“[W]hen defense counsel sufficiently impeaches a government witness in cross-examination and closing argument, the defendant cannot later claim a Brady[] violation on account of additional undisclosed evidence supporting the impeachment.” United States v. Kohring, 637 F.3d 895, 908 (9th Cir. 2011); see also Barker v. Fleming, 423 F.3d 1085, 1100 (9th Cir. 2005) (finding no materiality where undisclosed impeachment evidence “was not the glue holding together the prosecution's case” and “heaped-on impeachment evidence” would not have altered the witness's “already shattered credibility”). Ridley was cross examined regarding the truthfulness of his testimony, the basis for his testimony, and his motives to lie. This impeachment occurred during the guilt phase of trial (RT 4/30/02 at 73-75, 97, 105-19) as well as the penalty phase of trial (RT 1/16/03 at 29-38). The content of Ridley's presentence report reiterated that Ridley's incarceration gave him a motive to lie about Hampton's case-it did not provide any “new and different ground of impeachment.” Barker, 423 F.3d at 1097.

         Petitioner emphasizes that although trial counsel presented evidence that Ridley had been arrested for stalking and adamantly wanted to avoid incarceration, counsel allegedly failed to establish that Ridley wanted to avoid incarceration for the specific purpose of pursuing his “obsess[ion] with stalking his ex-wife.” (Doc. 108 at 10.) This is not a new or different ground on which to impeach Ridley. Ridley testified extensively about the charges against him, the possibility that he would be incarcerated for a significant period of time, and his plea agreement with the state, and he ultimately conceded that he was willing “to testify and say whatever it took” to avoid incarceration. (RT 4/30/02 at 105- 12, 114-20; see also RT 1/16/03 at 29-38.) Additional testimony regarding the precise reasons Ridley wanted to avoid incarceration would have been cumulative to the extensive testimony regarding Ridley's plea agreement and his admission that he was willing to lie in court. Petitioner did not establish that there is any probability that the additional information contained in Ridley's presentence report regarding his stalking habits would have had any impact on the jury's verdict. See Browning v. Baker, 875 F.3d 444, 464 (9th Cir. 2017) (“Under Brady, evidence is material ‘if there is a reasonable probability that, had the evidence been disclosed to the defense, the result of the proceeding would have been different.'”).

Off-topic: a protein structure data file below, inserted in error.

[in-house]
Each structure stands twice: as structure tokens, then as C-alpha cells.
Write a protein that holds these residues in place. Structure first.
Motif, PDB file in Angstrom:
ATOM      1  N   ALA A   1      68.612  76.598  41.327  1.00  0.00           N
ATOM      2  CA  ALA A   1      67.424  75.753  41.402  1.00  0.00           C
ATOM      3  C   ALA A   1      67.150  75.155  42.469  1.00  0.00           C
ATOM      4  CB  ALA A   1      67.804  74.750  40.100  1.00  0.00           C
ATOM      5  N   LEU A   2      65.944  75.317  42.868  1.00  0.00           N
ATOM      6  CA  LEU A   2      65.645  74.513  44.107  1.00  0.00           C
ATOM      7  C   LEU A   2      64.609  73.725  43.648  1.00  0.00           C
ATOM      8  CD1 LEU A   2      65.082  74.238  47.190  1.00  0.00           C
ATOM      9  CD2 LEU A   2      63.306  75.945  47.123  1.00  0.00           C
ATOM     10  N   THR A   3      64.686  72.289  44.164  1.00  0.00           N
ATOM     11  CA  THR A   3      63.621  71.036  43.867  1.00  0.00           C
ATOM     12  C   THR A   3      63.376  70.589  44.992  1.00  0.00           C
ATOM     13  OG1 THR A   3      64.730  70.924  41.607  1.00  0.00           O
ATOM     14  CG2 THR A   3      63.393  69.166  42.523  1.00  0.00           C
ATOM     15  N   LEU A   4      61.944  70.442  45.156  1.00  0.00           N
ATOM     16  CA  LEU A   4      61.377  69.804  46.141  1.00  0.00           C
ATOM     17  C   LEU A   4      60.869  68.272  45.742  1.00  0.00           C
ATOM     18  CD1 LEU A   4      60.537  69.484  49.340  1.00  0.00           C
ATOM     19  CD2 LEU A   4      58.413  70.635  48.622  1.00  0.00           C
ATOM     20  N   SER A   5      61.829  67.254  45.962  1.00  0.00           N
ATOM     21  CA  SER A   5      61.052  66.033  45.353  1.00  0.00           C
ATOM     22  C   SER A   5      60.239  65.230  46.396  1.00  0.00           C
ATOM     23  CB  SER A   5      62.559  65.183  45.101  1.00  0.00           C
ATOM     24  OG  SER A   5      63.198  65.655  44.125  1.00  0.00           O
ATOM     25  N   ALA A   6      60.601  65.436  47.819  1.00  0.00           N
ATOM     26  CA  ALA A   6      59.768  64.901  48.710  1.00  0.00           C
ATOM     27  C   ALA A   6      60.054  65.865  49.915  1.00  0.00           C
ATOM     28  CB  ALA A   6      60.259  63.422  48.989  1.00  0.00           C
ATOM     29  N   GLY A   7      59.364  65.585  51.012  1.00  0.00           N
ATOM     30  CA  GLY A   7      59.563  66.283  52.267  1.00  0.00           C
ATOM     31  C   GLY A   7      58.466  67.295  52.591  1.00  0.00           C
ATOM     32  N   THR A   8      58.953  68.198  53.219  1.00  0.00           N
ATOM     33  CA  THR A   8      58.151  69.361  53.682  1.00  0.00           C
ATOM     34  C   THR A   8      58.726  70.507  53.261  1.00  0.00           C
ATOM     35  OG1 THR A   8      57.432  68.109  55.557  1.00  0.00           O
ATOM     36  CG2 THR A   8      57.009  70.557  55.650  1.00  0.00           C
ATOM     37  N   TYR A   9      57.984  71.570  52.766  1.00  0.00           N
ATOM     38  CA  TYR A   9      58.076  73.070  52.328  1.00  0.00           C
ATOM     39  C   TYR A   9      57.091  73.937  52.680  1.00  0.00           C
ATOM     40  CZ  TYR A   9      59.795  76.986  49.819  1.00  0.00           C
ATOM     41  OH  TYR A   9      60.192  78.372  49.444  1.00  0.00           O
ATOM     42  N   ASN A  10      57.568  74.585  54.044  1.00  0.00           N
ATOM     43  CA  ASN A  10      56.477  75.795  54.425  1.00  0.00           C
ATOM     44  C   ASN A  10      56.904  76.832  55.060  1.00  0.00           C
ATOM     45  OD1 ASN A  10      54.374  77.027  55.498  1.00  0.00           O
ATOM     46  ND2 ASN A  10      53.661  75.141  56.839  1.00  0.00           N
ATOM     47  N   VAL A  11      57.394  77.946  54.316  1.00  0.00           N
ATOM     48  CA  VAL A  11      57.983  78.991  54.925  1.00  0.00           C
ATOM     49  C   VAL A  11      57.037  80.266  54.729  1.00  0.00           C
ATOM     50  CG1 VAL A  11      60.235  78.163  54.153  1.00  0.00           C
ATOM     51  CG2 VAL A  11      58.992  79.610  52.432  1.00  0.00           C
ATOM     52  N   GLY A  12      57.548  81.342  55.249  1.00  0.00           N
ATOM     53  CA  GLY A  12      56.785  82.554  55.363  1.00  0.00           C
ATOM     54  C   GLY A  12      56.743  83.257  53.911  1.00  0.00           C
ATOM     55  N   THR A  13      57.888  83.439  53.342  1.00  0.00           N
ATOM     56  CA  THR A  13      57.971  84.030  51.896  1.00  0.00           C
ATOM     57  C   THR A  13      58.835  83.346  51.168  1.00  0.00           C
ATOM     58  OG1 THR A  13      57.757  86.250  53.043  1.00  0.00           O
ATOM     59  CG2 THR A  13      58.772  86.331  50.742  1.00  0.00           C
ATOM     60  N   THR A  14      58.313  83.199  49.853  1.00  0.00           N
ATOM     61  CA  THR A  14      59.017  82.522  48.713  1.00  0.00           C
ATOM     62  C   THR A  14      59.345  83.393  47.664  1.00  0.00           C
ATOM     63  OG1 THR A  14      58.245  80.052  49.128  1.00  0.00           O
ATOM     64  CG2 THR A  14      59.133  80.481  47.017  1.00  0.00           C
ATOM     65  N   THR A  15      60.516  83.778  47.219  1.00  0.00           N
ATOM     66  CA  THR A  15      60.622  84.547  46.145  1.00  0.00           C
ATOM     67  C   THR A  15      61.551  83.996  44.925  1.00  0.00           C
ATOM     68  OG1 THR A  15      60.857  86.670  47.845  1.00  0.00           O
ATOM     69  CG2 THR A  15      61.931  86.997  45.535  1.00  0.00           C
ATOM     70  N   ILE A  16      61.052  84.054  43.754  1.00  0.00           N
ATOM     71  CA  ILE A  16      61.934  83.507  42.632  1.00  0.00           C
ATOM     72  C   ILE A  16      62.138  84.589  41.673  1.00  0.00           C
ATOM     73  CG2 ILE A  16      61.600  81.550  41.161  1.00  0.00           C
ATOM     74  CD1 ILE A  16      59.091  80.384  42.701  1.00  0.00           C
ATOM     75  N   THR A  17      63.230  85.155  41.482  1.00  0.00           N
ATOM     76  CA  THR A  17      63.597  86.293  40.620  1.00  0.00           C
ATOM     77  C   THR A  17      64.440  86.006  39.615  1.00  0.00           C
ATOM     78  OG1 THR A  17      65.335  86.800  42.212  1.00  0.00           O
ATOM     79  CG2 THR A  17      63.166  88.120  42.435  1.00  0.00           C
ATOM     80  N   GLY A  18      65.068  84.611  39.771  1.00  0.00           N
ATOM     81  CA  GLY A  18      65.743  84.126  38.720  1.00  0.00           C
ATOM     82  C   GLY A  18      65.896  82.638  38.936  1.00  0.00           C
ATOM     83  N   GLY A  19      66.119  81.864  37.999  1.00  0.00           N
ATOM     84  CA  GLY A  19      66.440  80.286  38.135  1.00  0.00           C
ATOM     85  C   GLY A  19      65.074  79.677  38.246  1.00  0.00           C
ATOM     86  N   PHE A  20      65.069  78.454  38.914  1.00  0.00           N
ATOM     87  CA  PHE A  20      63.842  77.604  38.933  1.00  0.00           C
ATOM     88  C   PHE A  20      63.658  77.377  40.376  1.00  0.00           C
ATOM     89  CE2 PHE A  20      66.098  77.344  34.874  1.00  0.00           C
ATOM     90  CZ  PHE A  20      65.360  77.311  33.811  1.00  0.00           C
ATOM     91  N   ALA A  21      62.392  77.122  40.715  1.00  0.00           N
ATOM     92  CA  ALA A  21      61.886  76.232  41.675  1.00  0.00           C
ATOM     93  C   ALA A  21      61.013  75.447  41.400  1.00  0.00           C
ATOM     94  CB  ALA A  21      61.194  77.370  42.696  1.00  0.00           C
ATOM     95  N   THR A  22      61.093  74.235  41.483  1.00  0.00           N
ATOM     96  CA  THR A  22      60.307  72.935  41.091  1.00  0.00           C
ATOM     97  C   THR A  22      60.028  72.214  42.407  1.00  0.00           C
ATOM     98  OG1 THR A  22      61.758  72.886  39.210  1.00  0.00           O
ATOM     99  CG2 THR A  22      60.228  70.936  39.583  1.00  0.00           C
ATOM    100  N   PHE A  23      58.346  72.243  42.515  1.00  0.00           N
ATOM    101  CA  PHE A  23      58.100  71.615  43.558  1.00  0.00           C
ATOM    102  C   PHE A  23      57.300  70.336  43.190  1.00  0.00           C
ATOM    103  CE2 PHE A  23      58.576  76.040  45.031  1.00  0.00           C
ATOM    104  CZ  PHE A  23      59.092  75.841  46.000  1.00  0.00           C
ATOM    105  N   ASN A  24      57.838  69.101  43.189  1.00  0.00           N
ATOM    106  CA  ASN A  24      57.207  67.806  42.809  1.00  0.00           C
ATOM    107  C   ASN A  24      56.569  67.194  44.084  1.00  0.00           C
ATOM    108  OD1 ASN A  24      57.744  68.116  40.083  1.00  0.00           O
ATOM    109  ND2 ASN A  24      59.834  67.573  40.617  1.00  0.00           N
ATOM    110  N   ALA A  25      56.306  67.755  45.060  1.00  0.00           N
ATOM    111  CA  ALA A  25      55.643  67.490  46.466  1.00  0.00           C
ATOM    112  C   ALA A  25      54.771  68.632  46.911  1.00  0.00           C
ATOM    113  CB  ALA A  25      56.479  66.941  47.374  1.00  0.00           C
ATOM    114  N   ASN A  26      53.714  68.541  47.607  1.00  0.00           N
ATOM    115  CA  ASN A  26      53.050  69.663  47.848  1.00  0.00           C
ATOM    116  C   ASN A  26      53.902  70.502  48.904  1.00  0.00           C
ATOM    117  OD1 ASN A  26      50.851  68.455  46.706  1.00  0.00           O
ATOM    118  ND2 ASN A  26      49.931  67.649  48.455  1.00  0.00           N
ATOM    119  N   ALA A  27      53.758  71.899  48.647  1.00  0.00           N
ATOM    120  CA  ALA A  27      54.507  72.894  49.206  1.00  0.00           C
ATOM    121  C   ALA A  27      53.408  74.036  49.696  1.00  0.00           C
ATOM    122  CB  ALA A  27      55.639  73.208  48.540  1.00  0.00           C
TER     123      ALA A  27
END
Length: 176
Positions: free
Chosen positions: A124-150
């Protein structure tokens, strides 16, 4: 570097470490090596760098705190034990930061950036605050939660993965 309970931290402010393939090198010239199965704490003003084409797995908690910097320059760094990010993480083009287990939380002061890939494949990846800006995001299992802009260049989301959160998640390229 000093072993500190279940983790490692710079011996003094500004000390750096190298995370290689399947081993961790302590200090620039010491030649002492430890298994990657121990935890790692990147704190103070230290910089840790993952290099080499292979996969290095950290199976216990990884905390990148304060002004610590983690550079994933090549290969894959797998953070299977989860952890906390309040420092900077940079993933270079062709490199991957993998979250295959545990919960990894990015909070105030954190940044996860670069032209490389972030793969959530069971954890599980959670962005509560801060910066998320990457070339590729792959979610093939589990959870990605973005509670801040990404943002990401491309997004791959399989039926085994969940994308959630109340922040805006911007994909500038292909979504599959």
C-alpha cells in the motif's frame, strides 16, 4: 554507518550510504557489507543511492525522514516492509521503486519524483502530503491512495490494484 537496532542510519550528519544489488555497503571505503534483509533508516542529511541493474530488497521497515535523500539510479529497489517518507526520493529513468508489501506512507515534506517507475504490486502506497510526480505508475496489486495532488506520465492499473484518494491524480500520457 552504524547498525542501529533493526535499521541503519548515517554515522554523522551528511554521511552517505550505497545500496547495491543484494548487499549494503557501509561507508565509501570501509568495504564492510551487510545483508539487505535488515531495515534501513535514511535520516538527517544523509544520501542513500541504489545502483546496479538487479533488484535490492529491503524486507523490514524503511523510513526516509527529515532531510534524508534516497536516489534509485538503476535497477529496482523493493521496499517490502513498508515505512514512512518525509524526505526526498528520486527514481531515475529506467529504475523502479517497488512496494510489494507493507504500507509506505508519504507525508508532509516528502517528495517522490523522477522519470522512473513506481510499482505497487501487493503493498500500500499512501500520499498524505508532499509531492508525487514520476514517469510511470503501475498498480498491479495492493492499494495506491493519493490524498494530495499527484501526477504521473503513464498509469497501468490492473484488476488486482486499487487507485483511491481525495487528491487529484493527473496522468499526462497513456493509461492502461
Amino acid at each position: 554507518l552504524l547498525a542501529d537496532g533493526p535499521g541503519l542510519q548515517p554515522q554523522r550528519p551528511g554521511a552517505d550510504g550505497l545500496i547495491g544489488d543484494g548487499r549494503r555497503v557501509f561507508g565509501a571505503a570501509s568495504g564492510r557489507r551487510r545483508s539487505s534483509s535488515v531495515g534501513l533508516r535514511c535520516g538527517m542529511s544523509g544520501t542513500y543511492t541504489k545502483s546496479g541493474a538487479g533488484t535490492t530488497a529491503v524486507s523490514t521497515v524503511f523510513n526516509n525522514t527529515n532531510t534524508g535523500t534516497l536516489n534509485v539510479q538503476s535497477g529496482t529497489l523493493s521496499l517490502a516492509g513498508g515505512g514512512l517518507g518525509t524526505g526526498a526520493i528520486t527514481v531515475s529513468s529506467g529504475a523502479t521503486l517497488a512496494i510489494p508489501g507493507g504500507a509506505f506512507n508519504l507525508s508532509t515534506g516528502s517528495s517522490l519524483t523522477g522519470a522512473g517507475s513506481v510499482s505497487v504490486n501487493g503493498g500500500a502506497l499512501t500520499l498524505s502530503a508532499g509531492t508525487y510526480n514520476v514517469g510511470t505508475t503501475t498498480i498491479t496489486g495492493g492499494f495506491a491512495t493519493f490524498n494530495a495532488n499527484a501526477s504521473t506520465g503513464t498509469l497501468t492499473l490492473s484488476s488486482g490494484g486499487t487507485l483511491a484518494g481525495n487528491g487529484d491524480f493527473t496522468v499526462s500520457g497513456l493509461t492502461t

Petitioner next asserts that the Court erred in concluding that any Napue violation was not material because the standard for materiality under Napue is low (Doc. 108 at 13- 14), and Ridley's credibility was not as thoroughly impeached during the penalty phase as it had been during the guilt phase (id. at 14-15). The Court again disagrees that the alleged Napue error could have had any effect on the penalty-phase verdict.

         Petitioner agrees (Doc. 108 at 13) that the standard for materiality under Napue is whether “there is ‘any reasonable likelihood that the false testimony could have affected the judgment of the jury.'” Jackson v. Brown, 513 F.3d 1057, 1076 (9th Cir. 2008) (quoting Hayes v. Brown, 399 F.3d 972, 985 (9th Cir. 2005)). Here, it is not reasonably likely that the ...